WFM Nastya Matus: A Hidden Gem in the Chess World

FMs and WFMs are the hidden gems of the chess world. Overlooked as the world focuses on GM and IM games, FMs and WFMs are more relatable to the common mortal like me, an untitled player. I went to the 2022 Chicago Open and sat down with 17-year-old WFM Nastassja “Nastya” Matus, a former second-string player on the Minnesota Blizzard in the PRO Chess League.

WFM Nastassja Matus. Photo: Sean Hennessy
Image Caption
WFM Nastassja Matus. Photo: Sean Hennessy

Nastassja (pronounced “Nass-tass-ia”) finished the tournament scoring 3 out of 8. This is a remarkable feat considering she was in the open section and outperformed 11 players who were rated higher than her. And as the cherry on top of the cake, she drew with FM Eugene Yanayt.


Hennessy: How’s the Chicago Open going for you so far?

Matus: Pretty solid, I guess. 1½ out of 4. I’m playing a lot of people who are higher rated so I’m more focused on how I’m playing than the results. Pretty happy so far.


Very wise. Alright, let’s get to some personal stuff. You were born in Minnesota and have Russian heritage?

Belarusian heritage, Ukrainian, Polish… that kind of stuff.


You’re at Wayzata High School while taking college math classes at the University of Minnesota right now, so one might say you’re giving a simul, no?

(Gives a pity laugh.) I actually finished that program last year so this year all my classes are at the university. But I don’t yet have my diploma.


That’s impressive. What is your proudest accomplishment in chess?

Probably second place at the 2017 World Youth Championship for girls under 12.


You were invited to go to World Youth again this September in Romania. Will you be playing there?

I might. It’s the first two weeks of classes so I need to email my professors. But if it’s doable, I will make up the work and go. I’m taking labs and stuff so I don’t know if my professors are gonna be fine with me missing school.


Yeah, that’s stressful. I saw an interview with Carissa Yip where she said three of her friends didn’t come to the tournament she was at because of school. How do you balance travel with school?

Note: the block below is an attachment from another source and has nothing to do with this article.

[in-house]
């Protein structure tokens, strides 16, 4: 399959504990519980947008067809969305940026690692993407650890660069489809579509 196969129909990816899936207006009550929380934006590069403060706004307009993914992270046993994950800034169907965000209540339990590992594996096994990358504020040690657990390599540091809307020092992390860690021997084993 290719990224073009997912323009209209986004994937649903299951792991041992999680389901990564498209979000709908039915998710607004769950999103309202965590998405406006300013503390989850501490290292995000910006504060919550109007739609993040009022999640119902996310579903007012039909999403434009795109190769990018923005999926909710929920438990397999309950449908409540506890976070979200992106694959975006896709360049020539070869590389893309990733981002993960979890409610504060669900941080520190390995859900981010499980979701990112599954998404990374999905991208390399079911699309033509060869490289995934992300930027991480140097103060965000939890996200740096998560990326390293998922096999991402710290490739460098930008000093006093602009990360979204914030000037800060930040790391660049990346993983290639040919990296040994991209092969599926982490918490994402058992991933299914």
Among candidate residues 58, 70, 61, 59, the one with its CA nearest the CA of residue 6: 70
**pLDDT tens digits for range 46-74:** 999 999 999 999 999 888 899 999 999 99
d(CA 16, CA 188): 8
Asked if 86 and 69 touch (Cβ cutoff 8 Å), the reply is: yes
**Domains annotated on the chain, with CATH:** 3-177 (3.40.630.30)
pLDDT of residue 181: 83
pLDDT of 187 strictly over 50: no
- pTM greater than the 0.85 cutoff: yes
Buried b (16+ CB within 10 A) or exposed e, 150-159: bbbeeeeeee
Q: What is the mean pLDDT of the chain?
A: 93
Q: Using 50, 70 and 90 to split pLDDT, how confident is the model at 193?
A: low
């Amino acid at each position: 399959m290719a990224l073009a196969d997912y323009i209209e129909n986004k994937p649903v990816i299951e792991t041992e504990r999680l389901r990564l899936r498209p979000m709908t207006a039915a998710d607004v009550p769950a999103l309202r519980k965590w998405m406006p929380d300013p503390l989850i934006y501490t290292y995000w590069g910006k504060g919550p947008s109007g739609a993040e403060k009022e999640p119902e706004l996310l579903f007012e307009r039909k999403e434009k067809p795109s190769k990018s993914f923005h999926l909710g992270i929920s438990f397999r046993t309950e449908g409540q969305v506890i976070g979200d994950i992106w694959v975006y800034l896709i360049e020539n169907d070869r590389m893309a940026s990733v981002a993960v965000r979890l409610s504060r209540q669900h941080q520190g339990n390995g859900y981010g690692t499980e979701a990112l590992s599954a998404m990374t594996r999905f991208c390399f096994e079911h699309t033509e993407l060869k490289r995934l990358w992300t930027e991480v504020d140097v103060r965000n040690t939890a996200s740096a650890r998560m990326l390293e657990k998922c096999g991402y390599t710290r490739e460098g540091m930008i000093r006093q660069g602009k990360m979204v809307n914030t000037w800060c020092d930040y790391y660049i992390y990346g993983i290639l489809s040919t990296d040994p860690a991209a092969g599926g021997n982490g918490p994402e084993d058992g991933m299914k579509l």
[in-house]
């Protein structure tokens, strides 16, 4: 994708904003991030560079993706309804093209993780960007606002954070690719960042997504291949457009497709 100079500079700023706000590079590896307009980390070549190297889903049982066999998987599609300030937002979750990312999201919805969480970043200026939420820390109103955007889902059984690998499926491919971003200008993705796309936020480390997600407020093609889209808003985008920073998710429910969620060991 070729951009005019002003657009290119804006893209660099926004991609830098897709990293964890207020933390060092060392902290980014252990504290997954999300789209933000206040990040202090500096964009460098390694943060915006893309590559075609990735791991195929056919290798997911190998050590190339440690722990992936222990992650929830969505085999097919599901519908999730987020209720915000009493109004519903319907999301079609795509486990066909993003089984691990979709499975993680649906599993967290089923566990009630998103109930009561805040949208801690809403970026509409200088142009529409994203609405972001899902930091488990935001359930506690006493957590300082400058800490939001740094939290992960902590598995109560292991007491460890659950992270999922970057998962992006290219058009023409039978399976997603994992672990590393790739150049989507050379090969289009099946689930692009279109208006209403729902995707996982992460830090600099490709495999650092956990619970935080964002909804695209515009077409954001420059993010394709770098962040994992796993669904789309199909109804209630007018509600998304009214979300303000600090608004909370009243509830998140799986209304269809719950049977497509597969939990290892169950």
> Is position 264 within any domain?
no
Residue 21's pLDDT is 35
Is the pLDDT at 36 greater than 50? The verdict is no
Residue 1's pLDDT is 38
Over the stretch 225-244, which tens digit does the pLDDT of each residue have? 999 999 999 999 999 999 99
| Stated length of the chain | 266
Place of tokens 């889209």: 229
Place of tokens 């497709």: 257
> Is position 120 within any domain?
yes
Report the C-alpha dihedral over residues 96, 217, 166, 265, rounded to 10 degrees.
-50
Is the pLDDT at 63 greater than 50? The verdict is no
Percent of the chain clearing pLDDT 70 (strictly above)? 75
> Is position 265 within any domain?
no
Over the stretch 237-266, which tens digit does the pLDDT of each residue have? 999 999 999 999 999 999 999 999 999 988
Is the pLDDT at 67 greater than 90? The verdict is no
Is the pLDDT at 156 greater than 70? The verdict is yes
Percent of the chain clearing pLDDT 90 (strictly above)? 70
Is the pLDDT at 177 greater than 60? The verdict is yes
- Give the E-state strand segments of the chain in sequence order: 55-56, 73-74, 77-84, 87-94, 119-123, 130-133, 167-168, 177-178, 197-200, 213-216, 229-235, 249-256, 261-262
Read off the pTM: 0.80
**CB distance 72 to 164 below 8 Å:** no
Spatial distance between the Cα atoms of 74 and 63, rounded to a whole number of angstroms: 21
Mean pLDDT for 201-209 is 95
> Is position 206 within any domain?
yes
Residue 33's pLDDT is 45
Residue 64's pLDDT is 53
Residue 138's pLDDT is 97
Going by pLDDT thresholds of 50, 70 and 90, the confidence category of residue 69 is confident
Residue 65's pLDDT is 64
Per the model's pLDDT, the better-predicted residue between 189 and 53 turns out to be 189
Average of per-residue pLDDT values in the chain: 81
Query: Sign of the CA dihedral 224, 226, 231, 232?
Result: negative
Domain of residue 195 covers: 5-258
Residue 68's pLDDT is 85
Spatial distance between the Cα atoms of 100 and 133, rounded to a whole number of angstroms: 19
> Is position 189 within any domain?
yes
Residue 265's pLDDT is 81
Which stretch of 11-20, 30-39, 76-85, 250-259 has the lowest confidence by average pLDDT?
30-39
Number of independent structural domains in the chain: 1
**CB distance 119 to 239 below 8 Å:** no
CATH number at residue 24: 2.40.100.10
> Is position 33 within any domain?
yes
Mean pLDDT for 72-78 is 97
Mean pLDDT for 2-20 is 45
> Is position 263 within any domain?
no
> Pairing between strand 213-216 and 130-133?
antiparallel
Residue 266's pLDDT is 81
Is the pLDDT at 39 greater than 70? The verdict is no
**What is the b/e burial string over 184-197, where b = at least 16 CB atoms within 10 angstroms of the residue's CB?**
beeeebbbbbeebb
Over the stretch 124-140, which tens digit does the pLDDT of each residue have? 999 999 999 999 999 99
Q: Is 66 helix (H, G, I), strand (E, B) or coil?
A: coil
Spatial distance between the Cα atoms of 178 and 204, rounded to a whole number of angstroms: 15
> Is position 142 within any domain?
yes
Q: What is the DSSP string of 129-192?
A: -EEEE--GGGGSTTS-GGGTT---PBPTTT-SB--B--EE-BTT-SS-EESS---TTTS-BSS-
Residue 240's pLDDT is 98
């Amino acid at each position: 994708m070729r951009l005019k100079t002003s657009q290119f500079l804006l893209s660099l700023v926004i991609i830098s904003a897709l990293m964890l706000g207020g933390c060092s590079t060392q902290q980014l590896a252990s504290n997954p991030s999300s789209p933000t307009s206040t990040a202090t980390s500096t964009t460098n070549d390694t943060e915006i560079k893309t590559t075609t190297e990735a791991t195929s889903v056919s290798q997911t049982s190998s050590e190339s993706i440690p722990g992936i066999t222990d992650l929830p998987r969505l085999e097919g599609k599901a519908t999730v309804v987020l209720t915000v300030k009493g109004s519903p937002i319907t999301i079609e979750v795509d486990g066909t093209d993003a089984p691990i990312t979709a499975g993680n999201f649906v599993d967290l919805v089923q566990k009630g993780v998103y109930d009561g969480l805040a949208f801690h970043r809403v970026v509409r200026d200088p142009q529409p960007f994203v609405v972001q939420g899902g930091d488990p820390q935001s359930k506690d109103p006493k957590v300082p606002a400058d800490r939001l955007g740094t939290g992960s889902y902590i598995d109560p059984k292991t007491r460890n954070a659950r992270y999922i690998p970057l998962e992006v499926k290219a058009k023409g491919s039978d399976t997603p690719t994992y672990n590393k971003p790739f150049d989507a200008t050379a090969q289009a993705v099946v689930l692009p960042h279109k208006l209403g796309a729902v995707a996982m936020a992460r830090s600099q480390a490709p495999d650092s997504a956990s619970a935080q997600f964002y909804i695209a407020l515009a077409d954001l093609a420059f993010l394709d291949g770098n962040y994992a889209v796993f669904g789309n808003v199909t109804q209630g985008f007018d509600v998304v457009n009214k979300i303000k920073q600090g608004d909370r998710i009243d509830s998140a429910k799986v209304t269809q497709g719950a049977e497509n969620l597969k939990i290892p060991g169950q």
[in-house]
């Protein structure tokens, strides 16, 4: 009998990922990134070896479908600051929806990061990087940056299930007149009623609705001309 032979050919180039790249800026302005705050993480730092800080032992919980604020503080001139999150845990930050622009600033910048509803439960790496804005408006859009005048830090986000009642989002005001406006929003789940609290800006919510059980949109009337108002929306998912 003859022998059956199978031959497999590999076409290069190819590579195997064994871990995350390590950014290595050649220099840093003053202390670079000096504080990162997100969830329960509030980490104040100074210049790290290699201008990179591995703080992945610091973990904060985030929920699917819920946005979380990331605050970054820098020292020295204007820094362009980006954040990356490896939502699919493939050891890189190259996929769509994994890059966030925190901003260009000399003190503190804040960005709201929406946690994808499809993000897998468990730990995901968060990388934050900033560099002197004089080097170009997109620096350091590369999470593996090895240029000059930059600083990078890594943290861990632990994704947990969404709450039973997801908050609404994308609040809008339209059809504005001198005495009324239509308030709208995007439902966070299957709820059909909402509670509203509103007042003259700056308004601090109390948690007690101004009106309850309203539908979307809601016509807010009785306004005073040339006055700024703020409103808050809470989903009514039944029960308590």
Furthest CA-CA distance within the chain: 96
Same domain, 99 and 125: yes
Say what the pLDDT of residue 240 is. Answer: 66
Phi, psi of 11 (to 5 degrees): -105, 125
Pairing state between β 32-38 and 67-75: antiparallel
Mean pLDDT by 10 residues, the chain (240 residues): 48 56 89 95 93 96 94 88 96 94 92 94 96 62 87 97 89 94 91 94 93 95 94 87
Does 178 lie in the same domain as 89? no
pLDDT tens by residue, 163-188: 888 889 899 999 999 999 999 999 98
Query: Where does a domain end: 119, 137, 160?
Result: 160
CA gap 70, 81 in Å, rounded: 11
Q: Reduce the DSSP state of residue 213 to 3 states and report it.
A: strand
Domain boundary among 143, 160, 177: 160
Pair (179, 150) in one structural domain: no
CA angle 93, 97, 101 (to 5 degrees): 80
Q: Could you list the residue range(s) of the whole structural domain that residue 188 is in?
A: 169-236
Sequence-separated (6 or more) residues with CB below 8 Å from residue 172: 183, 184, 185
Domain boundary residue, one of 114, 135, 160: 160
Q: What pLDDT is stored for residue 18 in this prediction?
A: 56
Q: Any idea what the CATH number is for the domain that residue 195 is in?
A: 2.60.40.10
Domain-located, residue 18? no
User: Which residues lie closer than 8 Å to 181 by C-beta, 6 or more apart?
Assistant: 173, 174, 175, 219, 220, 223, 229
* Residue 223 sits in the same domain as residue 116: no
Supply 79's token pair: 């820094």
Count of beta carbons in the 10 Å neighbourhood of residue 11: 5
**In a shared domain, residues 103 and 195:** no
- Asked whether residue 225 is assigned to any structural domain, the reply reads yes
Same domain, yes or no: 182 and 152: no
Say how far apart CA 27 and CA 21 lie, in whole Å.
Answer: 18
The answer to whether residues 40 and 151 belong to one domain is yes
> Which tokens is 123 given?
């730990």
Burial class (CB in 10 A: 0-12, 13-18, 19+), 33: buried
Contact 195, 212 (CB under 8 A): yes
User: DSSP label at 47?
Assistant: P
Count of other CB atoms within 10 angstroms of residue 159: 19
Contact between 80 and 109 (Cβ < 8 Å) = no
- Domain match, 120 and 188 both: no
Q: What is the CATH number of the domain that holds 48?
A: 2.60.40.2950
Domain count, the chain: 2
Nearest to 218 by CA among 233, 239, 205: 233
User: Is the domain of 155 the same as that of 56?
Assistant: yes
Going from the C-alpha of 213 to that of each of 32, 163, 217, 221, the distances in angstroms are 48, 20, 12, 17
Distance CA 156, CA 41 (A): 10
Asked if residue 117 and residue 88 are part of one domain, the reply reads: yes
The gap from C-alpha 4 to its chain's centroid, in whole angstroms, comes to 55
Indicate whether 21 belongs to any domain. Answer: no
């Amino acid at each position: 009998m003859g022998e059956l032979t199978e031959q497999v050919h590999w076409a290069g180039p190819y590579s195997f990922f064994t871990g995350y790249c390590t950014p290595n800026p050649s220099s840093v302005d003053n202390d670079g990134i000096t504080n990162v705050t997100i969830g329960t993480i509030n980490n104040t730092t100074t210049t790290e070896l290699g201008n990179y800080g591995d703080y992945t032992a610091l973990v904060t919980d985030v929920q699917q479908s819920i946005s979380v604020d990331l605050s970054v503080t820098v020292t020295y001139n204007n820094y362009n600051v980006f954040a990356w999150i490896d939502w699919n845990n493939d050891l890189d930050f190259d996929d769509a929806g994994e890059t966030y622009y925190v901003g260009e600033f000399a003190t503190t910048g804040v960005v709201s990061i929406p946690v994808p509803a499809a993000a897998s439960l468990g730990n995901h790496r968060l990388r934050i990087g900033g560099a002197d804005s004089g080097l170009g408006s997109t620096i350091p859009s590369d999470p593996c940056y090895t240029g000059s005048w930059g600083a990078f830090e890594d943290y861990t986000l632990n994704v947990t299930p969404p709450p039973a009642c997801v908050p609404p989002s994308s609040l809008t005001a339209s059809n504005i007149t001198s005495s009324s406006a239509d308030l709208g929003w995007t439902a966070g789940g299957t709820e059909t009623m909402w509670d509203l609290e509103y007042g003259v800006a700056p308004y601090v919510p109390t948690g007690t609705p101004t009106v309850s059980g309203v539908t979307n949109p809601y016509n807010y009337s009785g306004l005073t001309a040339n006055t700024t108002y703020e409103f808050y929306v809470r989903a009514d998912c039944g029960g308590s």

That’s why people take gap years.


What’s the largest prize you’ve ever won from chess?

I won a full scholarship for four years at Webster University, but the offer may have expired. I earned it by getting first place at the Susan Polgar Foundation Girls’ Invitational (SPFGI).


I would email [Webster University] and say, “Hey, remember that $100,000 you offered me? Soon I’m going to be old enough to attend college and I’d like to accept.” Earlier you mentioned you stopped playing competitively for a while, what brought you back?

I wanted to get back sooner but there were no tournaments anyways because of COVID so I had to wait another year and a half before I could actually start playing. I played for my high school team while I was on break, but that’s about it. It was weird not playing at bigger tournaments. Chess was everything I did.


I feel that. Are you still Chess Club Co-Captain at Wayzata High School?

Yea, and I’ll be Captain next year. I coordinate teams for our online league, and occasionally I teach the members a few things; they’re mostly under about 1200.


It sounds like that school has produced a lot of good chess players for some reason.

Yea, Andrew Tang became a GM during high school there.


Do you have any advice for players hoping to become a WFM like you did?

Just study and play a lot.


Have you experienced sexism in chess?

Not directly, but I think a lot of people assume I’m not as strong [because I am a female player]. They see a little girl and think, “Oh. Easy.” You know. But I don’t feel excluded.


And then you beat them.



Mental health is really important in chess; how do you approach losing?

A loss is upsetting, and it can affect your entire tournament after that. I think it’s difficult for anyone not to pay attention to losses.


Yea, even for Magnus Carlsen.

Right. Before it definitely affected my mental state a lot more than it does now. But after I took a break, it’s more chill now -- you have to just focus on the next game.


Time for some bullet questions. What’s your favorite chess book?

I’ve read a lot… “My System” by Aron Nimzowitsch was a good book though.


Favorite chess movie?

Maybe “Queen of Katwe” or “Searching for Bobby Fischer.”


Favorite chess-related song?

I don’t know any. Well, there’s one, but it’s only chess-related because it was playing at World Youth before every round: “Best Day of My Life” by American Authors.


Finally, where can people follow you?

On Instagram: @nastya.matus


Nastya was kind enough to annotate her win from the third round against Sridhar Seshadri, Founder and President of the Sri Chess Academy in Washington state.